As I write this article, former Peruvian President Alberto Fujimori is in police custody in Chile after a surprise arrival from Japan. Fujimori spent the last five years fighting efforts by the Peruvian government to have him sent to Lima to face charges that range from human rights violations to corruption. He travelled to Chile, a country that borders Peru, as part of an attempt to pressure the Peruvian judicial authorities to clear the path for him to run in the next Presidential elections, something he is at this point legally barred from doing.
It is unclear at this stage whether Fujimori will remain in custody for the duration of the extradition process or whether he will regain his freedom while the Chilean courts make a final decision, once Peru makes the formal extradition request. Whatever happens, his plans to be a candidate in next year's elections, in total disregard of the serious charges against him stemming from his dictatorial ten-year rule, have at least been temporarily halted.
We tend to think of globalization as a phenomenon related to commercial goods and capital flows, and some times big migratory waves, but rarely as an institutional process that involves the internationalization of justice. To be sure, there has been much discussion about global justice and humanitarian intervention in the last few years, but almost always in relation to international courts and military action rather than the simpler notion that national boundaries are offering fewer and fewer guarantees of escape to those who committed crimes when they were in office.
Global justice is usually taken to mean international bodiessuch as the various War Crimes Tribunalswhose standards are often debatable. And it is particularly controversial when it becomes entangled with humanitarian intervention, which often entails military action. But there is another side to global justice that should cause much less disagreement: namely, the idea that certain standards of law are gaining international acceptance, making it more difficult for human rights violators to elude justice.
When someone like Augusto Pinochet is arrested in London or Mr. Fujimori is taken into custody in Santiago because of an international petition based on a reasonable suspicion of human rights violations and corruption, we are faced with the best dimension of global justice.
Of course, there was a time when arresting political leaders in third countries simply meant the internationalization of political persecution. Governments would help each other deal with their fugitives based on their own political interests, rather than on the merits of the arrest warrants. Today, however, many of the political figures being arrested in third countries are not the victims of political persecution at the hands of hostile governments. They are actually individuals whose actions have turned them into legitimate targets of judicial systems that are able to act beyond their borders. This type of globalization of justice is not a deliberate design of some international body but the result of the gradual reluctance of governments and courts of law in various countries to face moral condemnation. This development should be welcomed with no less enthusiasm than the increasing flow of goods and services across borders.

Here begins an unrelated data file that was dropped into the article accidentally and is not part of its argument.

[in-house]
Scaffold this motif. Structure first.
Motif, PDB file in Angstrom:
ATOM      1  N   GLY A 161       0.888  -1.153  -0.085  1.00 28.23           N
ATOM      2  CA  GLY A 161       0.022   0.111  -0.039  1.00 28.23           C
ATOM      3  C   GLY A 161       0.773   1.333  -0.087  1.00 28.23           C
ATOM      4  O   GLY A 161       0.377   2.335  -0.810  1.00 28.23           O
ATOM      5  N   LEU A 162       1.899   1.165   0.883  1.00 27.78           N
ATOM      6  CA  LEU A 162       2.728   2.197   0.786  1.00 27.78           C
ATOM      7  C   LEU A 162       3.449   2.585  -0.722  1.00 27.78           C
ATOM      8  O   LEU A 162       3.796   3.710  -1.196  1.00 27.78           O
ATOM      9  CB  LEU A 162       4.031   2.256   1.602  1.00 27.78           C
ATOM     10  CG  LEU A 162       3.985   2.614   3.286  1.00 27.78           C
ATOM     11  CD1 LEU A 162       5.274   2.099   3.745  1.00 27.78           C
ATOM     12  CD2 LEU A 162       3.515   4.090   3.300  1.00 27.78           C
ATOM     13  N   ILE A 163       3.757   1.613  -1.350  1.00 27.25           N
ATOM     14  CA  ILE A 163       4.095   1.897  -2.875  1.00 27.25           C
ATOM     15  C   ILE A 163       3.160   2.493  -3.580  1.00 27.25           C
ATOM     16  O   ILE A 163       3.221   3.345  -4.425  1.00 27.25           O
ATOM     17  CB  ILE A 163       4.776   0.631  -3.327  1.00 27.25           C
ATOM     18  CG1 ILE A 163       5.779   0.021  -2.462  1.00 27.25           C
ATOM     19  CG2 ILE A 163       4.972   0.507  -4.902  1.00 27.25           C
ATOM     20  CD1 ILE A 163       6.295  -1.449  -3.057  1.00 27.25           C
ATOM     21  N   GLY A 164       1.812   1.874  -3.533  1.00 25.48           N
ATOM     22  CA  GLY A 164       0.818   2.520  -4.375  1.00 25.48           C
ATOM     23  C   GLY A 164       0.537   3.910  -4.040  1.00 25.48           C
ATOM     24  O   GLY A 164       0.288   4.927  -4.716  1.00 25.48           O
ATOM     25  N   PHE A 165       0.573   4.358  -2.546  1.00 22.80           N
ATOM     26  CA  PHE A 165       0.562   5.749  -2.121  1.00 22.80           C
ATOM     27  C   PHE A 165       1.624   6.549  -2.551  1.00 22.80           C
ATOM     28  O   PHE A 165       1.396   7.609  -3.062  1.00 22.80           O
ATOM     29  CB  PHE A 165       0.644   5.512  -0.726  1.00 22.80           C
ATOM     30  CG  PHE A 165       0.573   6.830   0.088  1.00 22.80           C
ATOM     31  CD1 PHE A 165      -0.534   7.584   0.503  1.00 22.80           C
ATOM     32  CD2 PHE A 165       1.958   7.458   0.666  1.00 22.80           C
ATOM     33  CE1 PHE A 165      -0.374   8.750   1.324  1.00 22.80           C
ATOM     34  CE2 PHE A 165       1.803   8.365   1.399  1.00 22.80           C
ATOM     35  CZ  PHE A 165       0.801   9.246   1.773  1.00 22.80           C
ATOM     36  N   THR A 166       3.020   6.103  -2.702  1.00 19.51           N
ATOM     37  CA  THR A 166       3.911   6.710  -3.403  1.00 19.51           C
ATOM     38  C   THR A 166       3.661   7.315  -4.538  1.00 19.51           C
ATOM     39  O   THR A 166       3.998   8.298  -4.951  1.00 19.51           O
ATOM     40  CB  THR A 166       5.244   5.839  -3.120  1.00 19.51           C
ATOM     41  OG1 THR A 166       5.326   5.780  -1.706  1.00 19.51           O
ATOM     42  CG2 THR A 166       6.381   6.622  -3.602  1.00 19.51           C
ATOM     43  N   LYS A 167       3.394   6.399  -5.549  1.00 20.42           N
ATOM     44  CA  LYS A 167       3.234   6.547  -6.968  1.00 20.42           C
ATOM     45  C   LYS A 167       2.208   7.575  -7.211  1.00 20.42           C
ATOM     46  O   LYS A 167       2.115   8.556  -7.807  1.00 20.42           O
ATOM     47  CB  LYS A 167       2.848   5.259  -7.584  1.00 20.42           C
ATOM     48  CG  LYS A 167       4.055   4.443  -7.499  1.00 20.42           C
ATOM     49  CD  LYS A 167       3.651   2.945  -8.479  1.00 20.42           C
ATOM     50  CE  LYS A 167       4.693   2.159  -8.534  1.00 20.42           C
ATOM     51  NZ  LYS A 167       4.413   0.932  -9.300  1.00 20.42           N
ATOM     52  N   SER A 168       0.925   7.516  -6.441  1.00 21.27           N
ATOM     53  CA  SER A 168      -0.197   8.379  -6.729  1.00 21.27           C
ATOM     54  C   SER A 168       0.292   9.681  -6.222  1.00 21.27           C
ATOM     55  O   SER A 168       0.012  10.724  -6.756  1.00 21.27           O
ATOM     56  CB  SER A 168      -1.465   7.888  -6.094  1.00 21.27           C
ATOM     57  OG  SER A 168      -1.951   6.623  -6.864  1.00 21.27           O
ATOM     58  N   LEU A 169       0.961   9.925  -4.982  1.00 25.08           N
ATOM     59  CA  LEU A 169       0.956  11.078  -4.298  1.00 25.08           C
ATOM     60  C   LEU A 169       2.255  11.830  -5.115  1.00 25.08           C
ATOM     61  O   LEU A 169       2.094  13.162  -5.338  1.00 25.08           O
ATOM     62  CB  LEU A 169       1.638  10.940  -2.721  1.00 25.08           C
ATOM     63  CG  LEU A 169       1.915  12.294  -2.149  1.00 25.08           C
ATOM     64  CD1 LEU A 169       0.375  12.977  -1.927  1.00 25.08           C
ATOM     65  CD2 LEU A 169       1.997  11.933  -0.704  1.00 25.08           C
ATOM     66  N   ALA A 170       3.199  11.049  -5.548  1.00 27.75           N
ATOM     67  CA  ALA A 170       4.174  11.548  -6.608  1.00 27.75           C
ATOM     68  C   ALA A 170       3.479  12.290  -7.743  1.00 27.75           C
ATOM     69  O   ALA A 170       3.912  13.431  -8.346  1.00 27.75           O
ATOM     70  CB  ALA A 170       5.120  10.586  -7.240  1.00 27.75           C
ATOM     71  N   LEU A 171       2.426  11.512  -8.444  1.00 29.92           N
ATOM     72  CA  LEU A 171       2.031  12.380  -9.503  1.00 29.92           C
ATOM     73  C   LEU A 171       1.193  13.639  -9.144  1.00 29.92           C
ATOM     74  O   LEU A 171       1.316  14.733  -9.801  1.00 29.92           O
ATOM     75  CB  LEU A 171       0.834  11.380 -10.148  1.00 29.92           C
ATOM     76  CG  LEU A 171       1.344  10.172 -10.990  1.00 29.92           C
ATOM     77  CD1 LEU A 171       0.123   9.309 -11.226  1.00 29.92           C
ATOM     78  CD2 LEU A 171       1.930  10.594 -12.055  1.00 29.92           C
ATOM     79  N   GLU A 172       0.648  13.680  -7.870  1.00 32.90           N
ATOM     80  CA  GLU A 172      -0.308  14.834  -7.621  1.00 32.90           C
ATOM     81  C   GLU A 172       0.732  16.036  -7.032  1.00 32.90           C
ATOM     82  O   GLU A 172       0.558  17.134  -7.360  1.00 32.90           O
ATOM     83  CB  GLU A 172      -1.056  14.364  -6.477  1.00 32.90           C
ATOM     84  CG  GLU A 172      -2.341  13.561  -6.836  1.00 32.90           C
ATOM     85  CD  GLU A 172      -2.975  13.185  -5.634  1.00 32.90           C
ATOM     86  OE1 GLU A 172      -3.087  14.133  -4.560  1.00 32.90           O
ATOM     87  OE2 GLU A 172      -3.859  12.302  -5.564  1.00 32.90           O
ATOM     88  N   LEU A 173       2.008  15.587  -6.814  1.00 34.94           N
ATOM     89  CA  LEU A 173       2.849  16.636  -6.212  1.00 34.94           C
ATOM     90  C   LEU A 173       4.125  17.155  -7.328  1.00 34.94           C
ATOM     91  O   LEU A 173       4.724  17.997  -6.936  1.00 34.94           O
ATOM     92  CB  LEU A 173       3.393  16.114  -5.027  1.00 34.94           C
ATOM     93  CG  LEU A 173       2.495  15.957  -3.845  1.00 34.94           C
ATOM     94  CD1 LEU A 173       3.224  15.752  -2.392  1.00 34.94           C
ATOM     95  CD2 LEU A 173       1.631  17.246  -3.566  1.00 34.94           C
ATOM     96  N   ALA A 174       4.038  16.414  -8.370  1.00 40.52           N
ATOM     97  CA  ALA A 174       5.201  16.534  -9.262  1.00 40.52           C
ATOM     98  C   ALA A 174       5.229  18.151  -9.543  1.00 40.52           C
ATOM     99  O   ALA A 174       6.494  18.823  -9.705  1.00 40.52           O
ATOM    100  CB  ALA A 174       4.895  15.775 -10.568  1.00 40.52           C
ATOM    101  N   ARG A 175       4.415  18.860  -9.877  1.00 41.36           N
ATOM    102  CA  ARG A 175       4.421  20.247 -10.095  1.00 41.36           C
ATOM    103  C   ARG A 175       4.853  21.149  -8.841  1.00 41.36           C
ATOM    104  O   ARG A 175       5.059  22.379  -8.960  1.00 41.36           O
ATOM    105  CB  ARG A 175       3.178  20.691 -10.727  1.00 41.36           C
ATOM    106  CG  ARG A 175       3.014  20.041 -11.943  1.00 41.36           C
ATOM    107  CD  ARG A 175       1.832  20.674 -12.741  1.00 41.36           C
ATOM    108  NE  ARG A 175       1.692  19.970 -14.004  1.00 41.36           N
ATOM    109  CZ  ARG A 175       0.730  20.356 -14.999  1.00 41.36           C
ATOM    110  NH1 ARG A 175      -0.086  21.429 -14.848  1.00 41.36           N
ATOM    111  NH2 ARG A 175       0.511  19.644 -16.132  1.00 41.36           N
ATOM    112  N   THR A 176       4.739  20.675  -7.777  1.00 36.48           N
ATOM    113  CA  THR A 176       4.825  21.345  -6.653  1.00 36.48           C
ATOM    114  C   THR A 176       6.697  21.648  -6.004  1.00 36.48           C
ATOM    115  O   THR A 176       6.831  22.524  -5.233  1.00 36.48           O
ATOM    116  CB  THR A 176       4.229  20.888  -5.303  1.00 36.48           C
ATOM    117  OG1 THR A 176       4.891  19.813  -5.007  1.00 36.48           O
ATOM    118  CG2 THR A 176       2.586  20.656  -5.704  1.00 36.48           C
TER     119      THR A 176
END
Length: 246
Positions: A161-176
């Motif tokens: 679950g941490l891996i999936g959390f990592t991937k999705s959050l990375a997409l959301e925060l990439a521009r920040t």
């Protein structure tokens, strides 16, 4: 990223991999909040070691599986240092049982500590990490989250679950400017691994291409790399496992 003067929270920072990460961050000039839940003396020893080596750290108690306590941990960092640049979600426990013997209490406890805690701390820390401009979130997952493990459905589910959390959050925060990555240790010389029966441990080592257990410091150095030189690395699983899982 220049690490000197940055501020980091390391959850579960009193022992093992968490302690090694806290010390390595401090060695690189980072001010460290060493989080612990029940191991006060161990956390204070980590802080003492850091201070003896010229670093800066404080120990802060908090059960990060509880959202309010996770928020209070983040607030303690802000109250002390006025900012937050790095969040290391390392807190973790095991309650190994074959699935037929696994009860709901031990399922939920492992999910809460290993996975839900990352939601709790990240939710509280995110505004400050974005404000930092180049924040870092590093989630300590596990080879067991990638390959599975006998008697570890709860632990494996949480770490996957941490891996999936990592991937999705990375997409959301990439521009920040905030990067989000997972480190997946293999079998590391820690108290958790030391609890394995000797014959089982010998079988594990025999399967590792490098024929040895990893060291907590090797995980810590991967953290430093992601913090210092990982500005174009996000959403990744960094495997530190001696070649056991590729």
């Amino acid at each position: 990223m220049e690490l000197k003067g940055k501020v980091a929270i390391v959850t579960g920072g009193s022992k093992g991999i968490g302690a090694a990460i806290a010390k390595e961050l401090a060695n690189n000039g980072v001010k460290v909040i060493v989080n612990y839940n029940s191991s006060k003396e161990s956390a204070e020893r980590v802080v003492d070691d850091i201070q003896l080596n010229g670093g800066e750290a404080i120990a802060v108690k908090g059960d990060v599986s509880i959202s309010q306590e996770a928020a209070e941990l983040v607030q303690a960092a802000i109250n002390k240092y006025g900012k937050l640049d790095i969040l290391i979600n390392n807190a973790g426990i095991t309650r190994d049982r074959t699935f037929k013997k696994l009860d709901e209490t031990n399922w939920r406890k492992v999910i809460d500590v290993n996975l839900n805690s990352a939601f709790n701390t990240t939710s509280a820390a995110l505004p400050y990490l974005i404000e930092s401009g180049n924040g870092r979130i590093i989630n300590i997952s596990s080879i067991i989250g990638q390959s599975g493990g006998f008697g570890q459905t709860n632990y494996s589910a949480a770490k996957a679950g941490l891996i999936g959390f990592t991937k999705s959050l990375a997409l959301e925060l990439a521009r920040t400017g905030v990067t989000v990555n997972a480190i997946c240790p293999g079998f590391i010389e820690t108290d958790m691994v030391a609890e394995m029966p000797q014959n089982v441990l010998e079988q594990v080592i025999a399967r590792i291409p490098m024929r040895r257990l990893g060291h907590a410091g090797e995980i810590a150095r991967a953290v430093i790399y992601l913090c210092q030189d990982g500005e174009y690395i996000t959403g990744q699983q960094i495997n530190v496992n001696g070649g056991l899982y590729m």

It means that many people now have a greater chance of seeing those former leaders who killed or imprisoned their loved ones and stole their money go to jail. But perhaps more significantly, it demonstrates the gradual consolidation of international notions of law that will one day hold accountable everyone and anyone who exercises power wherever they attempt to flee (including those leaders who are today trying to bring to justice those who were once in office and might themselves commit abuse of power).
In the case of Fujimori, the government that is trying to bring him to justice is corrupt and tends to bend the law. But the fact that Chilean courts have acted against Fujimori means that corruption in Peru is not an excuse not to bring Fujimori to justice. The international attention will probably force the Peruvian legal system, if Fujimori is extradited, to act more independently of the government. But even if Fujimori is not extradited to Peru, he will not be able to escape with total impunity because, as is shown by Chiles decision to arrest him, other countries are also holding him accountable.
The process of global justice in the very specific sense of the dilution of national boundaries is only in the beginning stages. Many flaws are still apparent. For instance, international justice is still unable or unwilling to deal with those who commit crimes while they are actually in power. The Robert Mugabes and Fidel Castros of this world are still able to travel periodically without getting into the type of trouble that Fujimori got himself into by landing in Chile. But what happened in Chile is a step in the right direction.
Alvaro Vargas Llosa is Senior Fellow of The Center on Global Prosperity at The Independent Institute. He is a native of Peru and received his B.S.C. in international history from the London School of Economics. His Independent Institute books include Global Crossings: Immigration, Civilization, and America, Lessons From the Poor: Triumph of the Entrepreneurial Spirit, The Che Guevara Myth and the Future of Liberty, and Liberty for Latin America.
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